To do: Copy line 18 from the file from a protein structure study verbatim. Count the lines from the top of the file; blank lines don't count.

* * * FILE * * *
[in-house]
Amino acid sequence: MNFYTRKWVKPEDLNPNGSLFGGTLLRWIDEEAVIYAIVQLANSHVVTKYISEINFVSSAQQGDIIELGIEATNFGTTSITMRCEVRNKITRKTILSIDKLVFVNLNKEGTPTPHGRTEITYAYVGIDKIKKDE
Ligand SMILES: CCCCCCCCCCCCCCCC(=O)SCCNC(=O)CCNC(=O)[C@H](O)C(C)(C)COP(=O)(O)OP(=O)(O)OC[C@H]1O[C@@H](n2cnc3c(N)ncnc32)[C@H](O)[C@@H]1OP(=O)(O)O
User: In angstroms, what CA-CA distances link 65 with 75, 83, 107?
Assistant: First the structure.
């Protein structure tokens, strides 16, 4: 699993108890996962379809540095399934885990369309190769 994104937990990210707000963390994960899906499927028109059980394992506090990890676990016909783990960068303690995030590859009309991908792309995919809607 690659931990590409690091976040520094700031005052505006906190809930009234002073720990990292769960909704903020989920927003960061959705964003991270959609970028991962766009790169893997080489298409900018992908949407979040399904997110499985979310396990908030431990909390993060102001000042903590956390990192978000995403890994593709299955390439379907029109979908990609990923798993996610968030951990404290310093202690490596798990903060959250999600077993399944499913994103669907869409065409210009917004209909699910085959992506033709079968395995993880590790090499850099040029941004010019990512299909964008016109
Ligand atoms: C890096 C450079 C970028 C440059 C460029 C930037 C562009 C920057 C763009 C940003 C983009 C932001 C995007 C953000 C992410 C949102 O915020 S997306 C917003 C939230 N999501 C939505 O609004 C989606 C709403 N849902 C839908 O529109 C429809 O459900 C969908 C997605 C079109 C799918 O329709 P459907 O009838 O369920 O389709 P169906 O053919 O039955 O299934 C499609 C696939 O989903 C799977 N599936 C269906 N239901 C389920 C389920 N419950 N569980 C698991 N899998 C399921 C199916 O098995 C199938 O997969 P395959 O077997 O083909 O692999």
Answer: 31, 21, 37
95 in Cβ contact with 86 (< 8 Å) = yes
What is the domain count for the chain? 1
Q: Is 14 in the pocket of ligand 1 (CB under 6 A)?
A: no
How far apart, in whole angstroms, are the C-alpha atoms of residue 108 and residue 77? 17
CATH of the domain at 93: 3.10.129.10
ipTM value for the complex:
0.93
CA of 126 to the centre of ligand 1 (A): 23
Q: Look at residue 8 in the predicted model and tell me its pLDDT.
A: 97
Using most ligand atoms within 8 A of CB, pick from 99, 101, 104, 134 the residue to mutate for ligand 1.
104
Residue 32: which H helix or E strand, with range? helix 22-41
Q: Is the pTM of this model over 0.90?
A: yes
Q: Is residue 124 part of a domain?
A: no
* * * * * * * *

Q: Look at residue 8 in the predicted model and tell me its pLDDT.